Public Concern Of Childhood Obesity Remains High
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A new report by the University of Michigan’s C.S. Mott Children’s Hospital says adults rank childhood obesity, stress and teen pregnancy as the biggest problems.
Most of those surveyed think those problems are getting worse.
Recent national statistics on obesity show the prevalence of childhood obesity leveling off. However, according to a report released by the C.S. Mott Children’s Hospital Poll on children’s health, public concern about childhood obesity is remains high.
Dr. Matthew Davis, director of the poll and associate professor of pediatrics and internal medicine in the Child Health Evaluation and Research Unit at the U-M Medical School, said there are other worries.
We are seeing some new concerns such as Internet safety and not enough opportunities for physical activity, Davis said.
“I think those are things that have come up just in the last 10 years or certainly within the last generation, but there are also other concerns such as smoking, tobacco and drug use, teen pregnancy and child abuse that are chronic problems for our society and for other countries around the world,” he said.
“Stress is right up there at number five,” Davis said. “Now in Michigan where we know it’s been so difficult for families in this economic downturn that’s lasted for so many years that’s probably not a big surprise, but these are national numbers to point to how concerned adults are about the stress that kids are feeling during the current economic times.”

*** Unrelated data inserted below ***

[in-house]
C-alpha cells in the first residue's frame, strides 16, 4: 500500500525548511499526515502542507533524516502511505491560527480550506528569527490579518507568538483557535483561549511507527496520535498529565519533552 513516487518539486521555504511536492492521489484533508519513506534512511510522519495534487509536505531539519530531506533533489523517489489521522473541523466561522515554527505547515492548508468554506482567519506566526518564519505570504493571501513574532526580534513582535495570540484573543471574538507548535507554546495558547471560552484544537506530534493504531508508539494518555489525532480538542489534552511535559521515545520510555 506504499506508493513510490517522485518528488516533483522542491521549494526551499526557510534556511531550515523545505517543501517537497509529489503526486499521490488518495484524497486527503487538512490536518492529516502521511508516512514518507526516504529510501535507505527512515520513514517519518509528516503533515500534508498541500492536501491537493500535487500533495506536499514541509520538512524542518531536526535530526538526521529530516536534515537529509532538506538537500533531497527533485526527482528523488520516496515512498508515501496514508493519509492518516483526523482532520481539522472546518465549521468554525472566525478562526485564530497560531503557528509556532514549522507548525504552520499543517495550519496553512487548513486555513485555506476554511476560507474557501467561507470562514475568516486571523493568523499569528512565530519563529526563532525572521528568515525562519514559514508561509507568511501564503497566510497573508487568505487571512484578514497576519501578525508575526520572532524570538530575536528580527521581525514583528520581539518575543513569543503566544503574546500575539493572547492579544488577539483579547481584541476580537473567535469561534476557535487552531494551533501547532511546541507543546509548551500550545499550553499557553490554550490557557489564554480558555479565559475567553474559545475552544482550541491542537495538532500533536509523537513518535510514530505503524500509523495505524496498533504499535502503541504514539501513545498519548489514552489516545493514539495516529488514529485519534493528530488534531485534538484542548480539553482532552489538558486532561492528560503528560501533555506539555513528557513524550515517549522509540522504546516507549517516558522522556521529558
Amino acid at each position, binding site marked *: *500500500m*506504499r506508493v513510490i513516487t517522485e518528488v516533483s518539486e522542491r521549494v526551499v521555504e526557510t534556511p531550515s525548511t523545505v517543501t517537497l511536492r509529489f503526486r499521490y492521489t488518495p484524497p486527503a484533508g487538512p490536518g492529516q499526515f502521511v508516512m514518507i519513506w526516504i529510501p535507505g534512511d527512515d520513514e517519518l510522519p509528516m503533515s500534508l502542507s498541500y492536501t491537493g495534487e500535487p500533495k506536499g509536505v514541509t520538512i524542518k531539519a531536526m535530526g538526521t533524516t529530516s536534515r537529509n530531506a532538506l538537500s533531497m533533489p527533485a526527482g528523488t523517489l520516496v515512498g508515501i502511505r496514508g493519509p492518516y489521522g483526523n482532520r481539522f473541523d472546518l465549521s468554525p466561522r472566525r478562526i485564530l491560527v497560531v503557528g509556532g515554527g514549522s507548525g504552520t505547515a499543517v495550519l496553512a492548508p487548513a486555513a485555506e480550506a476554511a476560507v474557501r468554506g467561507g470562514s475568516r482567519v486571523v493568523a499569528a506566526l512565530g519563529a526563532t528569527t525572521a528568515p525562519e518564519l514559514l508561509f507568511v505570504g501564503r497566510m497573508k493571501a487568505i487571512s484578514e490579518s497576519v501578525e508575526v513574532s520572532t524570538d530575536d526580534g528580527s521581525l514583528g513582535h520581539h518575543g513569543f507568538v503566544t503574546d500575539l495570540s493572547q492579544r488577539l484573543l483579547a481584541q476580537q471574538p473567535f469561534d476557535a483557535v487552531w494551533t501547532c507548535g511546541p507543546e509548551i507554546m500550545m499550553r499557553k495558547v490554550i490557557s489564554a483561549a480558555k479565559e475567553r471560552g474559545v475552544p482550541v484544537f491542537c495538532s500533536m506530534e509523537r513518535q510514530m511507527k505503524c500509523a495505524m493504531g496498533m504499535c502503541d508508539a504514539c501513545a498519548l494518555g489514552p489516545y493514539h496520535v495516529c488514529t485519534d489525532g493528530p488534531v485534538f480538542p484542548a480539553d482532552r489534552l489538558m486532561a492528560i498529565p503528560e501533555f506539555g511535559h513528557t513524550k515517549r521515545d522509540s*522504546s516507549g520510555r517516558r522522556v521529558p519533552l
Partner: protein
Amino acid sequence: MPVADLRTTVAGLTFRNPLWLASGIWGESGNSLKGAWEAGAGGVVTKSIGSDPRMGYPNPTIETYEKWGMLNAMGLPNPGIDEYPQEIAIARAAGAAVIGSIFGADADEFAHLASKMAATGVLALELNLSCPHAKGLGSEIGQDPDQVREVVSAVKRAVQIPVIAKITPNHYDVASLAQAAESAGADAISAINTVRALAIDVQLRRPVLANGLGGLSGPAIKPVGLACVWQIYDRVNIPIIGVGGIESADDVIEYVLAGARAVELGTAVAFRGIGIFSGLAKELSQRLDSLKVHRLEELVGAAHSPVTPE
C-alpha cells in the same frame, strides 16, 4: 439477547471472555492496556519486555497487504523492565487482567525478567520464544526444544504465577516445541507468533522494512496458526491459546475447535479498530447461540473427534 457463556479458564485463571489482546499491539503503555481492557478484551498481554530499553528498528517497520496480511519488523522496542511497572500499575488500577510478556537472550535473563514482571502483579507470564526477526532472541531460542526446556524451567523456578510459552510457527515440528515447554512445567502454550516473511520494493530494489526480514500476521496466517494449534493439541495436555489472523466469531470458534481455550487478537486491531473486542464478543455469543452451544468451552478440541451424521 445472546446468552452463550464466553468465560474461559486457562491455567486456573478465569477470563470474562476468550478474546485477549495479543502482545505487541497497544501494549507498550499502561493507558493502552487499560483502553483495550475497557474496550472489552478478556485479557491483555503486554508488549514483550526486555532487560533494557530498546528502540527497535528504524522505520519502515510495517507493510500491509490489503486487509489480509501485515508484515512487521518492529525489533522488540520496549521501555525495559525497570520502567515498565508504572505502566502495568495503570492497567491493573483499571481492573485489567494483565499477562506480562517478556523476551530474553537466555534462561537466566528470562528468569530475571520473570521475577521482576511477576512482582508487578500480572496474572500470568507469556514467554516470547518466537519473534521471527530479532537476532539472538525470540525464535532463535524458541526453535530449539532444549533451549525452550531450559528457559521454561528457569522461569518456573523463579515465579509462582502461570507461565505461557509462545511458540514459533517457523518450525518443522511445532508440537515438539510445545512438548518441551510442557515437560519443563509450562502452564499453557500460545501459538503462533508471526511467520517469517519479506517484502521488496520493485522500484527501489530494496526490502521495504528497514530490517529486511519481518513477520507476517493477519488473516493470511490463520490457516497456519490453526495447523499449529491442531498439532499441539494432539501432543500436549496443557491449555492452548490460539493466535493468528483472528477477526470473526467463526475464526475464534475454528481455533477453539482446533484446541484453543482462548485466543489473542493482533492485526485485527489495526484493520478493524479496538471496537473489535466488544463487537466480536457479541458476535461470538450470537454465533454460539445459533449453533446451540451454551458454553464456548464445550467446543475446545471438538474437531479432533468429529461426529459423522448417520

Davis said the national data about the rates of childhood obesity leveling off were collected in 2007 and 2008.
“The perspectives we’re hearing in this poll in 2010 may reflect new changes in obesity rates seen by adults in communities across the country,” Davis said.
The poll asked 2,064 adults to rate 20 different health concerns for children living in their communities. The top 10 overall health concerns for U.S. children in 2010 and the percentage of adults who rate each as a “big problem” include:
1. Childhood obesity, 38 percent
2. Drug abuse, 30 percent
3. Smoking, 29 percent
4. Internet safety, 25 percent
5. Stress, 24 percent
6. Bullying, 23 percent
7. Teen pregnancy, 23 percent
8. Child abuse and neglect, 21 percent
9. Alcohol abuse, 20 percent
10. Not enough opportunities for physical activity, 20 percent
Adults who rated health concerns as a big problem, were also asked to rate whether these health problems are getting better, staying the same or getting worse. Fifty-seven percent of adults that rate childhood obesity as a big problem for kids say it is “getting worse.”
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